Surviving and the Feedback Loop

Life imitates art imitates life.

Till now, the media has been powerful enough to feed people what they want them to see based on what marketers have learned from media users on a group by group basis. Even the reorganization and self-governance once promised by the Internet seems to bow to the machine. When bloggers make money by having their blogs sponsored, don’t they start becoming biased? So if the underground Internet becomes main stream faster than packaged rebellion gets on MTV, what then becomes the next compelling story?

The feedback loop of media selling us images of ourselves, which we sell back to the media and so on, is nothing new. Mimicry is critical to the survival of any species. We copy what we think is surviving and those that do it well adapt and survive themselves.
It explains everything from mentoring to young people everywhere relating to the "bling-bling" lifestyle. But what happens when the veil is lifted? When we get to find out that our mentors may be hacks or the "bling" shown on hip-hop videos is mostly rented?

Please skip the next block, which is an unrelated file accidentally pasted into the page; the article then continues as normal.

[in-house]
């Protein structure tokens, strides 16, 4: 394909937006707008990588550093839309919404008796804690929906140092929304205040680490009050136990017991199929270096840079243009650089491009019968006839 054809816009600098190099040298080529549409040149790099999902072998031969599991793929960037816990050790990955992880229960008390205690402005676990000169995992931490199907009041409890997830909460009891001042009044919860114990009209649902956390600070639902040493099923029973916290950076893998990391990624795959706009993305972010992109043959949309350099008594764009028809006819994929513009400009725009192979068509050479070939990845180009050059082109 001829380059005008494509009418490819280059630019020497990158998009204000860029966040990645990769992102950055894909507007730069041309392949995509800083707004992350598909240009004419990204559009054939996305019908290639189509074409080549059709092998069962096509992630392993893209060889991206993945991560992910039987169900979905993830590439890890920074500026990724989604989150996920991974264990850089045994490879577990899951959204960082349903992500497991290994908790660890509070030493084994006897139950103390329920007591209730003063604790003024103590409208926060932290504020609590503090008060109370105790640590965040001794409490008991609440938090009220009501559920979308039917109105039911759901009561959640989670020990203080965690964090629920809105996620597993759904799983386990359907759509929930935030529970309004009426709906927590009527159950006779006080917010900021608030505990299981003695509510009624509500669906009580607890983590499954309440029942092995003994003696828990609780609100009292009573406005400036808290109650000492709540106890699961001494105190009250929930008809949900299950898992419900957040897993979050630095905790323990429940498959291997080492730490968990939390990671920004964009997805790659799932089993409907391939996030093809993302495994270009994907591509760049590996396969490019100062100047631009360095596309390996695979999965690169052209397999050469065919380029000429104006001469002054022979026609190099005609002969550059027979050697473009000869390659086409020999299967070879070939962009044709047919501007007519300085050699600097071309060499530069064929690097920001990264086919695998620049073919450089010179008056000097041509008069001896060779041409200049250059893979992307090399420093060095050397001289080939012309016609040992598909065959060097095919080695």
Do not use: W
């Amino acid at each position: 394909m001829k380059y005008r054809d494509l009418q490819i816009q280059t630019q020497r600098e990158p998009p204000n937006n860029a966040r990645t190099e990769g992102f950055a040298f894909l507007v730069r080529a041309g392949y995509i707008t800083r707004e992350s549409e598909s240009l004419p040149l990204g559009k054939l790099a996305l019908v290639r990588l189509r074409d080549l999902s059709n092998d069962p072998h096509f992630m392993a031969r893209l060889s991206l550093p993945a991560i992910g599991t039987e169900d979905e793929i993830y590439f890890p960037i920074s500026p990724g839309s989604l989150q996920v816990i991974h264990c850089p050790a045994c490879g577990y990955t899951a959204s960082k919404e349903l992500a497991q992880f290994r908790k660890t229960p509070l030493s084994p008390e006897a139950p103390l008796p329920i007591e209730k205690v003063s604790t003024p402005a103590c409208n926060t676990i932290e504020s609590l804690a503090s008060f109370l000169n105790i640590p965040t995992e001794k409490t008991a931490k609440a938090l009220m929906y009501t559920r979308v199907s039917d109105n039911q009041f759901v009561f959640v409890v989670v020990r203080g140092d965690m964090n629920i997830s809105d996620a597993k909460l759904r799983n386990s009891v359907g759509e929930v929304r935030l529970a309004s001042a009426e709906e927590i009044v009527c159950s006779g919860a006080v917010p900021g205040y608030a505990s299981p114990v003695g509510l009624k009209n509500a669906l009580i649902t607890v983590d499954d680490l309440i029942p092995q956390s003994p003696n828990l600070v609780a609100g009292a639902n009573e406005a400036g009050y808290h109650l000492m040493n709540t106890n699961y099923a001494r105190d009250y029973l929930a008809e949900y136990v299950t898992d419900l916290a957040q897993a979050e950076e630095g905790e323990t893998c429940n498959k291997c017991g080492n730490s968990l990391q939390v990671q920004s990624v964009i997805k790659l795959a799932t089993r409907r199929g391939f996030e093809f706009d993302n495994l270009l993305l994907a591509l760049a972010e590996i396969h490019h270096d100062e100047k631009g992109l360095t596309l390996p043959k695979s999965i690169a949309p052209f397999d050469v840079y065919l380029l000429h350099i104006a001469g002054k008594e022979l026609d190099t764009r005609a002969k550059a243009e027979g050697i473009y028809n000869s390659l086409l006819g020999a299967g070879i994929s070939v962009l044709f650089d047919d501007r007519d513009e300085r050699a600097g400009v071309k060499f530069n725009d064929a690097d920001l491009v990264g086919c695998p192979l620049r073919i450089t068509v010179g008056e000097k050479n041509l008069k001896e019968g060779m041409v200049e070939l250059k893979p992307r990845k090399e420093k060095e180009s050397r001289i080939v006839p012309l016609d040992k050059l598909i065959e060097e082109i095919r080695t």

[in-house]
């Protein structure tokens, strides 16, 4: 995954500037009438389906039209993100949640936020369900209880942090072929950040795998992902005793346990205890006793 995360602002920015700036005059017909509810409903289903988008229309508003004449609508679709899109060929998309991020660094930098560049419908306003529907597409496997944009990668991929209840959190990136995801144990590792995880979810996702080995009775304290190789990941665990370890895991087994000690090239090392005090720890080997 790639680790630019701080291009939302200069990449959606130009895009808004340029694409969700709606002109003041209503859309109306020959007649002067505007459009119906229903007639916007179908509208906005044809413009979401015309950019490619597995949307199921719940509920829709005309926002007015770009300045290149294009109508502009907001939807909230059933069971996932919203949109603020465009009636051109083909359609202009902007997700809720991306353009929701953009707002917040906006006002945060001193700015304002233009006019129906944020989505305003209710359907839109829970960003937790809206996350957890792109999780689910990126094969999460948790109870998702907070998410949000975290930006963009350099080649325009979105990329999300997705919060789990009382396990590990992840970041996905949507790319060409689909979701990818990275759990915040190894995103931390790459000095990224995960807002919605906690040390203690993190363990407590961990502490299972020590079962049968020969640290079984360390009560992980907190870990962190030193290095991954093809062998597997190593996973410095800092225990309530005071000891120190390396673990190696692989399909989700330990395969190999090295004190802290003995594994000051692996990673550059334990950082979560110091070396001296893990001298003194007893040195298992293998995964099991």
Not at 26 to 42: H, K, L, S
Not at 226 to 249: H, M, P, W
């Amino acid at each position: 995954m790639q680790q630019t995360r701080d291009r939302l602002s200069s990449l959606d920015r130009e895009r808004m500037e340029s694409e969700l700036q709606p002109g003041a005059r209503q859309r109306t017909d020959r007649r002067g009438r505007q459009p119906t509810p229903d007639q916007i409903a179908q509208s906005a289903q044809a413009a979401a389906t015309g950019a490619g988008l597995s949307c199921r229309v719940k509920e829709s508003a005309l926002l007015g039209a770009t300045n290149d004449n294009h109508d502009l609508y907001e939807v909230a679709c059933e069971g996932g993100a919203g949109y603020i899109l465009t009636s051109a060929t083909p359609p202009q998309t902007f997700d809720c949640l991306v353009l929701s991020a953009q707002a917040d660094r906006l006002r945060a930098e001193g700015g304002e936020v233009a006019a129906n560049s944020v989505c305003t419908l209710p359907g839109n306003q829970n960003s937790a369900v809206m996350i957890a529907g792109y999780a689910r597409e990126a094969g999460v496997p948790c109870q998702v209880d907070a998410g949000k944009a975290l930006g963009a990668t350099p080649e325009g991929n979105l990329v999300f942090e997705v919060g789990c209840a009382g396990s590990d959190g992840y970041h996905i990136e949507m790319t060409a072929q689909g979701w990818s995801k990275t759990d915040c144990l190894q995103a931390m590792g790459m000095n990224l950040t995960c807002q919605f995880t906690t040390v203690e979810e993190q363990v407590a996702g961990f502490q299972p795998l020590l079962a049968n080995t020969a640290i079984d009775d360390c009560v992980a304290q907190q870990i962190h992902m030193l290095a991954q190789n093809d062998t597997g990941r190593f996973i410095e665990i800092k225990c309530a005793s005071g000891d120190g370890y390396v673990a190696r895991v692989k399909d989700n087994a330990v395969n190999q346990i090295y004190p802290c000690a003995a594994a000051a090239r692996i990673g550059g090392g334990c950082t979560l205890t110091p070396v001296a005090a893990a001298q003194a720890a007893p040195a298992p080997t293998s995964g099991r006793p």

The frays are showing at the edges. But it’s not a unidirectional toppling of "the establishment" the great Internet prophets predicted. I’m not entirely sure that it can ever be. Burning man, the anti-commercial festival started a few years back in California is a managed event today. But it is still true to itself.

That’s the interesting part.

We are experiencing the whole loop as marketer and customer together.
Don’t overreached markets start their own personal hunt for authenticity? Yes.
Does what they discover in significant numbers then become commercialized? Yes. Both scenarios are valid and true as the media feedback loop starts to behave no differently than an ecosystem fine- tuning itself for survival.

What does that mean for stories we want to be a part of? It means that they eventually get shared in the general global consciousness. The feedback loop affects everyone but no longer all at once. Thanks to unprecedented connectivity, we share fewer common stories simultaneously. The "story" has moved beyond what they’re selling, it’s about what we want to buy.

Art imitates life imitating art.

Maybe it’s time for brands to stop "selling" stories and actually "becoming" what media skeptic customers fit into versions of their own respective realities….

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